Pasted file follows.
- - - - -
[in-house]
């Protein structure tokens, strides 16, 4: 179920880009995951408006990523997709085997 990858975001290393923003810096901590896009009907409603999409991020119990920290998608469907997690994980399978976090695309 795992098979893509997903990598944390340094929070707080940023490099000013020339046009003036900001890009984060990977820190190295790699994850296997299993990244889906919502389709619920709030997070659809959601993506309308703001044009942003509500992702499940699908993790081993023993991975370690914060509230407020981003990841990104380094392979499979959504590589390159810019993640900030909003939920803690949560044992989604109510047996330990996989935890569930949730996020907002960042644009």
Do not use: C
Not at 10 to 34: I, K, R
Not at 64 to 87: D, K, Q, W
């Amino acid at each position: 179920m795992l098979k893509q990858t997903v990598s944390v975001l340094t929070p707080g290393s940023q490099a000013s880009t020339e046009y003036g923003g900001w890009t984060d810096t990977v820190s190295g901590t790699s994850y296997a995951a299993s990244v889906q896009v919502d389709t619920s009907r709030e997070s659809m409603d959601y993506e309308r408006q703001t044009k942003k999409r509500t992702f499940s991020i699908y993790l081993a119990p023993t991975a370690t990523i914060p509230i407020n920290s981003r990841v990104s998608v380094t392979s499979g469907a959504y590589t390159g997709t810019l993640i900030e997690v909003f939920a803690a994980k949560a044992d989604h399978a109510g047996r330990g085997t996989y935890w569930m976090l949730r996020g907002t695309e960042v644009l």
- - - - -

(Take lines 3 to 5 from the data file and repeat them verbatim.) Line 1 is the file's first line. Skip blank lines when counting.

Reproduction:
Do not use: C
Not at 10 to 34: I, K, R
Not at 64 to 87: D, K, Q, W